The University of California at Santa Cruz has hired Brenda and John Romero to lead a new program that inevitably earns students a master's degree in games and playable media at the school's Silicon Valley Center. Brenda Romero was appointed as the school's first game designer in residence at the Center for Games and Playable Media in January 2013.
Worcester, Massachusetts-based Becker College and the Massachusetts Digital Games Institute (MassDiGI) have been awarded a $1.4 million grant from the U.S. Department of Commerce’s Economic Development Administration (EDA) to help build the MassDiGI New Ventures Center (NVC). Becker College also announced that it will match the EDA grant, making a total of $2.8 million available to build the state-of-the-art facility.
Scot Osterweil, creative director at MIT’s Education Arcade writes an interesting article on Boston.com detailing a game created by the lab to push the idea of good conflict resolution. The game is called "Quandry" and it teaches players to resolve conflicts by better understanding the different perspectives of those who might be engaged in strife.
Over 250 digital media, entertainment, and learning experts and industry professionals are set to converge on San Francisco next week for the Digital Kids Summit and Digital Kids Education (Edu) Day taking place Wednesday, September 18th, and Thursday, September 19th, at the San Francisco Children’s Creativity Museum. The summits are spin-offs of Engage Digital's New York-based Digital Kids Conference.
Quick and Dirty Tips has released a new game for the iPad that promises to help users improve their grammar. The game is called Grammar Pop, and it is the brainchild of Mignon Fogarty, Grammar Girl podcast host and New York Times best-selling author. Fogarty helped develop and test the game using the Game Salad authoring tool.
The Kansas Supreme Court and Kansas Bar Association announced support for promoting the use of retired U.S. Supreme Court Justice Sandra Day O'Connor's educational video games in schools to teach students lessons about civics. Both the court and the association for lawyers in the state are advocating for the use of O'Connor's iCivics to teach children how various branches of government work.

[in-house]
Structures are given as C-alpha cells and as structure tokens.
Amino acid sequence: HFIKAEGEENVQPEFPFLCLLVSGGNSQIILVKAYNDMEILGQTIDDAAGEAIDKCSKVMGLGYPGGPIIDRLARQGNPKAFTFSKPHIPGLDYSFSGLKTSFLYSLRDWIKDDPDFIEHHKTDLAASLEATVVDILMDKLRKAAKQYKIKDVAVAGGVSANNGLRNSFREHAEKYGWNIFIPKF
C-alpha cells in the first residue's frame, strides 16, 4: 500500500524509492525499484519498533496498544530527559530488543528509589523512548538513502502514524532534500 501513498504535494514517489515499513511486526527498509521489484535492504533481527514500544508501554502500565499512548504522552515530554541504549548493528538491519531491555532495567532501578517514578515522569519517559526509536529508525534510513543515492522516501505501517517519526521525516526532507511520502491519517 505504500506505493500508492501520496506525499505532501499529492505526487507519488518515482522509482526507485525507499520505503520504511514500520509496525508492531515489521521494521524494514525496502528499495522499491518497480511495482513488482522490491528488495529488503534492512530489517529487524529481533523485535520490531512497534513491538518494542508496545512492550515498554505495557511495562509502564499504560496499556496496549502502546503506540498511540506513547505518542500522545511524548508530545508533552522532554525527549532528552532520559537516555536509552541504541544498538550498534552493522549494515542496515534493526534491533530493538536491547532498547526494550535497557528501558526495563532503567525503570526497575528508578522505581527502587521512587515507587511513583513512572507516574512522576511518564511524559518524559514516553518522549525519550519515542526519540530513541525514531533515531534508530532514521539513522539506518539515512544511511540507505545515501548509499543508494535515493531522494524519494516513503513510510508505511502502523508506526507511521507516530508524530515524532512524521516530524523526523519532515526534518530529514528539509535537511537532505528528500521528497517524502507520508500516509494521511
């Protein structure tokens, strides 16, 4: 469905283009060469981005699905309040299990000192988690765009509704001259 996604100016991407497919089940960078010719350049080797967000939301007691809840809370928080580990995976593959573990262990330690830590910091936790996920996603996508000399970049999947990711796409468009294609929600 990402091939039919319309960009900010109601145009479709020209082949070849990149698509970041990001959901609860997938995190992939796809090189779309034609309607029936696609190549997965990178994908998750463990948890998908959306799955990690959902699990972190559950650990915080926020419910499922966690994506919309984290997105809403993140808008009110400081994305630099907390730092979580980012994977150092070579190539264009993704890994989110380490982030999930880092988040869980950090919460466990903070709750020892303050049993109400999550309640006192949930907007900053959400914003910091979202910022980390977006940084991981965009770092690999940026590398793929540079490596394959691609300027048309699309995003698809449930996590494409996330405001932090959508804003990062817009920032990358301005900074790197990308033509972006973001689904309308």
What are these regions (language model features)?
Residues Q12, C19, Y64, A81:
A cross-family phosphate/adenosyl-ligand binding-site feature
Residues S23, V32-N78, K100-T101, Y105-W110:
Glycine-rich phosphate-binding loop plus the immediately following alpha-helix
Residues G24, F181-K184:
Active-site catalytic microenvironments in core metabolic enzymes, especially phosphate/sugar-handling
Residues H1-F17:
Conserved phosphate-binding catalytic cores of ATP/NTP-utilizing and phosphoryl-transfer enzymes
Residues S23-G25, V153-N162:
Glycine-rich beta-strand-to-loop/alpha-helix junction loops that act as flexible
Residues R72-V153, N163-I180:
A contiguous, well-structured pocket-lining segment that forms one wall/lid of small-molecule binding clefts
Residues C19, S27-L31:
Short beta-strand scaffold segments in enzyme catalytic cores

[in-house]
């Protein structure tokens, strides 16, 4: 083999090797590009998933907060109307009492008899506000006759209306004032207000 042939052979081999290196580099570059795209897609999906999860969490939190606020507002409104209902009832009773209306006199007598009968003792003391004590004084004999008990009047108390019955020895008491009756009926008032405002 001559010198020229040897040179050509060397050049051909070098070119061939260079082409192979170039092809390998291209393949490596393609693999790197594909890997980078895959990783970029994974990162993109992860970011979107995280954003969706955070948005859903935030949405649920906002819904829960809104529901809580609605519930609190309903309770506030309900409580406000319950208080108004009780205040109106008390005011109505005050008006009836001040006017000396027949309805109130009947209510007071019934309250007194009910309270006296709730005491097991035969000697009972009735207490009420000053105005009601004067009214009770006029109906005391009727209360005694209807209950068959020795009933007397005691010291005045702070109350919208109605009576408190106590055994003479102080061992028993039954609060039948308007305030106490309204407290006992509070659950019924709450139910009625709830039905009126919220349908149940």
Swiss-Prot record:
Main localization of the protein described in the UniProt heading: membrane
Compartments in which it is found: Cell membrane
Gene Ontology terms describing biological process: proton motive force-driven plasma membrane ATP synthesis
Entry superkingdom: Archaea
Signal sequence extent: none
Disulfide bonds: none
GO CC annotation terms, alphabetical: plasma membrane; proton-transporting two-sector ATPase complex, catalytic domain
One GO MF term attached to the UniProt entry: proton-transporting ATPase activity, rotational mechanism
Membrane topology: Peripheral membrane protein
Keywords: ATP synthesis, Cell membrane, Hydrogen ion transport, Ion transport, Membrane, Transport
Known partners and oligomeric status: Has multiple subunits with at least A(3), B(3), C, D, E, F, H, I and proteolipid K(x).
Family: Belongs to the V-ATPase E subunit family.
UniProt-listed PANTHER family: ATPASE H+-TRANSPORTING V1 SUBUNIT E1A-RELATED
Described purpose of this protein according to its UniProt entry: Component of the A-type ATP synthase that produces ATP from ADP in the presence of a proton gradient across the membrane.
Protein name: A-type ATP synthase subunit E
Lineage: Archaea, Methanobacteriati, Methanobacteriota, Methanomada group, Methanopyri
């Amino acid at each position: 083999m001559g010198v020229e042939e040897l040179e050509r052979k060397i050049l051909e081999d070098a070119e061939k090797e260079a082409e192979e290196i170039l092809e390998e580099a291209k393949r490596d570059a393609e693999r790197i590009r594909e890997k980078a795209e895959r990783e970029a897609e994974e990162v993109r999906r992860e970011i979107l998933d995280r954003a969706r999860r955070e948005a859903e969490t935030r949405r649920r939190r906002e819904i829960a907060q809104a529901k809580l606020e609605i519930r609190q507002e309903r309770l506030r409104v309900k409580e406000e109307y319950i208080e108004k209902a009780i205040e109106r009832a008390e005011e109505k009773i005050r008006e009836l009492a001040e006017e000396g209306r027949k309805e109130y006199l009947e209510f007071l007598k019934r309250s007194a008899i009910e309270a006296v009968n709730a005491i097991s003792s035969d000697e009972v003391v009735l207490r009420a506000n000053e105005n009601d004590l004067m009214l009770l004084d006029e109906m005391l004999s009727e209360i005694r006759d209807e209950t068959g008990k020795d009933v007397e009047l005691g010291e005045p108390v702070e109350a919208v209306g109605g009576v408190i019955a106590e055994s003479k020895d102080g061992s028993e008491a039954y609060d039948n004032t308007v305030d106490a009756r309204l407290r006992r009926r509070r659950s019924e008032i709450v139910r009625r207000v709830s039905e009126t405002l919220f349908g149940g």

Jennifer Ann’s Group has released the third-place winning video game from the 2013 Life. Love. Game Design Challenge. The 2013 Life. Love. Game Design Challenge asked developers to create games that raised awareness about the dangers of Teen dating violence. Jennifer Ann's Group is a charity dedicated to the cause and named after Jennifer Ann Crecente, who was murdered by an ex-boyfriend.
NIS America has added some new characters to its educational iOS puzzle game, Character Chowdown. The in-game content, which will cost you roughly $0.99 a pop, includes characters from the popular Disgaea series such as Laharl, Prinny, Mao, and Flonne. Other downloadable content includes the Hiragana pack and seven different Kanji packs.
A Kickstarter campaign has launched for TJ's World, an interactive educational program described by its creators as "Mobile Kindergarten." TJ's World offers a cross platform, cloud based, "learn as you play" preschool and kindergarten in one application.
Game developer 1st Playable Productions is the first video game-related company in the United States to receive "B Corporation" (B Corp) certification, the company announced today. B Corporation status is a standard that measures the social impact of a company on the environment and the community it does business in. It is also the first company in NY’s Tech Valley (the company is located in Troy, NY) to receive the distinction as well. B Corporation certification comes from the non-profit B Lab.
Sony Computer Entertainment Europe announced today that educators and academics can apply for PlayStation 4 development kits beginning tomorrow as part of the PlayStationFirst Academic Programme. The PS4 joins other kits made available to educators and academics including those for PlayStation 3, PS Vita, PlayStation Portable - as well as kits for PlayStation Home and PlayStation Mobile. These Academic development kits include access to PlayStation software and hardware, lessons in programming, computer engineering, and developing software.
The Joan Ganz Cooney Center at Sesame Workshop and E-Line Media today revealed the names of 16 middle school and high school students as the winners of the 2013 National STEM Video Game Challenge. The competition was designed to motivate interest in science, technology, engineering and math (STEM) among students in grades 5-12 using video games as the creative medium of choice. The top original video games and game design concepts were chosen from 14 categories and nearly 4000 entries.
The University of California, Davis announced grants for vocational education, child poverty, international migration and the cultural impact of video games. All of these topics are part of the Interdisciplinary Frontiers in Humanities and Arts program, which will receive combined funding of $3.6 million over three years. The goal is to kick start new research that can go on to compete for funding from "external sources." The funding comes from indirect costs of grants awarded to UC Davis under the American Recovery and Reinvestment Act of 2009, or stimulus funds.